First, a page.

Apple’s corporate strategy is changing and, once again, not in a way that benefits customers. Here are some of Apple’s latest decisions. Making the iPhone 7 just an incremental improvement over the iPhone 6. Developing a brand new iWatch with several new features. Introducing the Earbuds and in the process removing the earbuds jack and, perhaps the most important […]
Called to Account: How Corporate Bad Behaviour and Government Waste Combine To Cost Us Millions – Book Review
Called To Account: How Corporate Bad Behaviour and Government Waste Combine to Cost Us Millions. Margaret Hodge. Little, Brown. 2016.
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If ‘sunlight be the best of disinfectants’, then Margaret Hodge dispenses it in abundance in Called To Account: How Corporate Bad Behaviour and Government Waste Combine to Cost Us Millions – an account of her years as chair […]
“Brexit frees us to build a truly global Britain,” enthused Boris Johnson in his Telegraph column immediately after being appointed Foreign Secretary. If anything presently embodies the vision of “Global Britain,” it is the City of London, that marvel of a world-leading, cosmopolitan, ferociously competitive and efficient financial centre that serves as a powerhouse for the entire UK economy. But just […]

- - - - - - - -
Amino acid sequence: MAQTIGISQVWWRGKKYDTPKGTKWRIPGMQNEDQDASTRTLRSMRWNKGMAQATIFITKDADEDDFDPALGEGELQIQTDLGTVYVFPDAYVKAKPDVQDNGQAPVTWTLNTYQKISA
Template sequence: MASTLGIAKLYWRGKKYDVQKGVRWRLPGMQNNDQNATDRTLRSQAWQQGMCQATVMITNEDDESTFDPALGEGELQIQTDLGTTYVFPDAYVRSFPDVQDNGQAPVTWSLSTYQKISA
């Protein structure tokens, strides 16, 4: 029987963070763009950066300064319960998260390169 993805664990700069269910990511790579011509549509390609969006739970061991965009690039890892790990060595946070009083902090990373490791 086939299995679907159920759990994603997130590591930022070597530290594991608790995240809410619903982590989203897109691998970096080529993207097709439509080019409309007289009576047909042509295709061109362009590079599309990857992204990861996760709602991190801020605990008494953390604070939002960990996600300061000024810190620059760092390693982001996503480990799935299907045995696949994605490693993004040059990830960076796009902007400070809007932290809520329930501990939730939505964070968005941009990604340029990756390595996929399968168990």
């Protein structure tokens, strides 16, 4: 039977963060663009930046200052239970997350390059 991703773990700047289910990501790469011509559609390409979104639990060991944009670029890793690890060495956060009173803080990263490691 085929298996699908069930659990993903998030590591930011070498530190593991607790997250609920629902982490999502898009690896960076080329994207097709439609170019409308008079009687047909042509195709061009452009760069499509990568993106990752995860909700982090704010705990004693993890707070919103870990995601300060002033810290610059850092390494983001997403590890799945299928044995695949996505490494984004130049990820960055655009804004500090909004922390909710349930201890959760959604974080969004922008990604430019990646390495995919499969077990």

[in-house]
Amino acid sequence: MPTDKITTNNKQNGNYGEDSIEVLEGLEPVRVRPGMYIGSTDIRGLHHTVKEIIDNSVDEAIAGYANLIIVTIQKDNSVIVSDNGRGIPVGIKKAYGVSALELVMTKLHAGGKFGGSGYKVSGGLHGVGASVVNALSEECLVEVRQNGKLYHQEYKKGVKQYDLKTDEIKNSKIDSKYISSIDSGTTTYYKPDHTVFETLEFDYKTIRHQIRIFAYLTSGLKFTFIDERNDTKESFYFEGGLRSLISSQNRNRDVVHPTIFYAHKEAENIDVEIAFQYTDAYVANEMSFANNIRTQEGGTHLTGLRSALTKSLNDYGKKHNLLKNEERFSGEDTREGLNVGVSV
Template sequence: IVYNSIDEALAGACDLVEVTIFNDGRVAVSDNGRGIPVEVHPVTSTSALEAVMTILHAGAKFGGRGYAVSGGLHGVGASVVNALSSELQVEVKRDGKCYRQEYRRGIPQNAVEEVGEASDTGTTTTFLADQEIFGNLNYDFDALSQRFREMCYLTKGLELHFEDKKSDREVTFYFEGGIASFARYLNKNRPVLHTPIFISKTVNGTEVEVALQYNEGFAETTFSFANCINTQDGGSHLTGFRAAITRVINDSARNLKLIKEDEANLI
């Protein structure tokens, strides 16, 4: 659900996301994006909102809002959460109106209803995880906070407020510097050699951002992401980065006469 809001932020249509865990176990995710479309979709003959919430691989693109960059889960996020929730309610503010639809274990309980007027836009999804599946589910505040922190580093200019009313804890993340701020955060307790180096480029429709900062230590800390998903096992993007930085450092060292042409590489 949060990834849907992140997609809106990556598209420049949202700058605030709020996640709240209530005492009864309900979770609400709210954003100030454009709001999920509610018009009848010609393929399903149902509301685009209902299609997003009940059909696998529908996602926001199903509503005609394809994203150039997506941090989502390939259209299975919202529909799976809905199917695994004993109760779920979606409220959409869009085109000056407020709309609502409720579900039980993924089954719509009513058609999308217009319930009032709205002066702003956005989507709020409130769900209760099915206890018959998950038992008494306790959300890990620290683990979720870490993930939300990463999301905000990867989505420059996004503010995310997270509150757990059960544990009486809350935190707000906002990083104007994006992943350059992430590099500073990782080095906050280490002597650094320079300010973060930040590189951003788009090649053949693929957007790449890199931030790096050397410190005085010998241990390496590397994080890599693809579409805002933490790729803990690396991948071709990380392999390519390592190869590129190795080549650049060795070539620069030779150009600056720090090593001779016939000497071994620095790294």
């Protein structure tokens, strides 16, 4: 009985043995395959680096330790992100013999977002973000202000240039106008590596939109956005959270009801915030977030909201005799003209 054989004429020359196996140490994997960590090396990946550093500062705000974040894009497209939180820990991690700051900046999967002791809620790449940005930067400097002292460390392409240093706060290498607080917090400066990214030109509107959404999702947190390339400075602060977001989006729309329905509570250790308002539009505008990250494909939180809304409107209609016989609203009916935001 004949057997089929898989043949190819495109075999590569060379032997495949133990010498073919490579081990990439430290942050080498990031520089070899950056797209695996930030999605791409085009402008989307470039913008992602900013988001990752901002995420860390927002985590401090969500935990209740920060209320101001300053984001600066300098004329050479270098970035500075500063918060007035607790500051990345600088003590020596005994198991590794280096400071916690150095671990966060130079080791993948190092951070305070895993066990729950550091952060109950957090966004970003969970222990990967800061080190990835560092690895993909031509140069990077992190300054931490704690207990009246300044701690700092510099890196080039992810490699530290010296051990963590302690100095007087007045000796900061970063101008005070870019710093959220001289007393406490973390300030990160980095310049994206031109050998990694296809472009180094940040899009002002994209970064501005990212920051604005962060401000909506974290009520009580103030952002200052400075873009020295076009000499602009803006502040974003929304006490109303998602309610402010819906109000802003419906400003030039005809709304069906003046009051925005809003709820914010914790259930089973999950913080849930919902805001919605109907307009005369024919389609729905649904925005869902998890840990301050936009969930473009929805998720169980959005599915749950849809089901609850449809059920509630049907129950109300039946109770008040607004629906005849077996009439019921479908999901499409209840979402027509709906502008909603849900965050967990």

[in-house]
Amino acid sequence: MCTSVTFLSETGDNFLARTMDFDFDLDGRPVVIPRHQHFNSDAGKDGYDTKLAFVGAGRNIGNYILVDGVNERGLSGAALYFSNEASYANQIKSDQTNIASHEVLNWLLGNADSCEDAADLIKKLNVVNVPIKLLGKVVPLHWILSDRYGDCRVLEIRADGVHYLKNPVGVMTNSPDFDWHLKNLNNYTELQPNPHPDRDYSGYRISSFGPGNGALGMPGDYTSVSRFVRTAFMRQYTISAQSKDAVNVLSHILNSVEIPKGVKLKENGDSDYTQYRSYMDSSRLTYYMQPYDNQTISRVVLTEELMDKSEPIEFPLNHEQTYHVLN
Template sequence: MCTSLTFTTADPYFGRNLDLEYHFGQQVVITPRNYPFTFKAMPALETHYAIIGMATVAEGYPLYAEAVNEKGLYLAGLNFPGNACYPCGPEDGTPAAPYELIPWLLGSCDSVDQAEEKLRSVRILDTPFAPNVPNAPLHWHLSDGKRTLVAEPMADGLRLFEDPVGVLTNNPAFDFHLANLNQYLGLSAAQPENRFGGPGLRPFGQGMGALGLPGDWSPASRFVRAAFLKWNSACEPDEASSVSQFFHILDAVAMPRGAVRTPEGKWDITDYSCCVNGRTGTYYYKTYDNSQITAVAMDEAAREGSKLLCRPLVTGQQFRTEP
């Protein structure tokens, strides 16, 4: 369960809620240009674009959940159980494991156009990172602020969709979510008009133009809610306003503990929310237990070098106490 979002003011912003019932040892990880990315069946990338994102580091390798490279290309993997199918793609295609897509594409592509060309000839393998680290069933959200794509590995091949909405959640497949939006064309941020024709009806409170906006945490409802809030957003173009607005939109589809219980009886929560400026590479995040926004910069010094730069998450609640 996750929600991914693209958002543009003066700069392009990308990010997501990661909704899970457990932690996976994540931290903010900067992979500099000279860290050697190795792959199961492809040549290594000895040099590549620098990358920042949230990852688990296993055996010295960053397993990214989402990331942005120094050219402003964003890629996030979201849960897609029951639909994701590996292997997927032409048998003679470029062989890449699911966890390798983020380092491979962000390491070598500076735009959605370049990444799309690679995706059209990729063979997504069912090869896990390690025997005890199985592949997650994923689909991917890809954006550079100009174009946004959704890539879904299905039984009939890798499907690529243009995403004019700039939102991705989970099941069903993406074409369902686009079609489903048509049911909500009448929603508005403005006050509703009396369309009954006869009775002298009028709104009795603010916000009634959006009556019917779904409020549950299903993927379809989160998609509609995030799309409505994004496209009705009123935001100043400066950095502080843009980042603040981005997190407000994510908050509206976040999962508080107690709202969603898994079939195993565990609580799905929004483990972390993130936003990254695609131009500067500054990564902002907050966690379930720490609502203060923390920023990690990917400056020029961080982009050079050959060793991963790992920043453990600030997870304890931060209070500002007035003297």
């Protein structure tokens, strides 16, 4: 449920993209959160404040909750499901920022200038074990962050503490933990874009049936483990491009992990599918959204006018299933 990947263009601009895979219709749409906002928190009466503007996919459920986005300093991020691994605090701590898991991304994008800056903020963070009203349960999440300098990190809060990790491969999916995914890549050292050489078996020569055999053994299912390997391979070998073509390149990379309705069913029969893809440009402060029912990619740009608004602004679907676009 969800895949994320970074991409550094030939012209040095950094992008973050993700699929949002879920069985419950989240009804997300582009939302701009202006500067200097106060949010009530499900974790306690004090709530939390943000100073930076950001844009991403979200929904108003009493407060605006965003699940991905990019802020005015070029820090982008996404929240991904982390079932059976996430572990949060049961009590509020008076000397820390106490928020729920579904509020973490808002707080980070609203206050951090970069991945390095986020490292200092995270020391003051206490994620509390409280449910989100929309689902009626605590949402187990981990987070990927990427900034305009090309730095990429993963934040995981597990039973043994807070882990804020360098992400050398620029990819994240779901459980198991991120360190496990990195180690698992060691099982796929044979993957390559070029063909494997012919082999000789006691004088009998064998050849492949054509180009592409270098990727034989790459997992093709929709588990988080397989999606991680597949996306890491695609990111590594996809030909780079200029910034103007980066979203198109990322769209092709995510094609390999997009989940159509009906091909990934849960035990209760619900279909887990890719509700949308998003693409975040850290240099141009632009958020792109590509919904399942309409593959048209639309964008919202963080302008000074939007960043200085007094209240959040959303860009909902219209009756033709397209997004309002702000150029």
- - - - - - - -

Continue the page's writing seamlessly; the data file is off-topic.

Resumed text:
Nigeria – Five Naira (₦5), (cropped), by Shardayyy, under a CC-BY-2.0 licence
In January 2016, I tabled a prognosis for Nigeria anchored on the premise of an economy set to tread a tight rope between soaring inflation and deceleration of its growth momentum. Seven months later, inflation had inched to a high of 17.1 per cent and the economy had […]
Key players in international finance
Sovereign wealth funds (SWFs) are large state owned investment funds. With assets under management of about US $7 trillion globally, SWFs have become key players in international finance – even surpassing the combined size of global hedge funds and private equity firms.
In the vast majority of cases SWFs were funded by the proceeds of oil and […]
The relationship between democracy, redistribution, and inequality has been a topic of enduring interest to the social sciences, even though the evidence is far from conclusive. In those studies, democracy refers to the rules governing the political system and its effect on inequality is usually measured at the country level. But what about the effects of democratic provisions embedded […]
Regional economic differences within Italy will not be reduced simply by building infrastructure, tackling organised crime or increasing productive investment in the South: people’s norms of cooperation need to change too.
That is the central finding of a series of economic experiments. Our study involved nearly 700 ordinary citizens from the North and South of Italy, who were presented with […]
Coming from a trade union and mental health background, I’m familiar with the drill of being wheeled out to deliver bad news. Last week I was invited to join a discussion about the sharing economy for the BBC’s Talking Business. Is the ‘new’ sharing economy of Uber, Airbnb and TaskRabbit – the love children of social enterprise and digital […]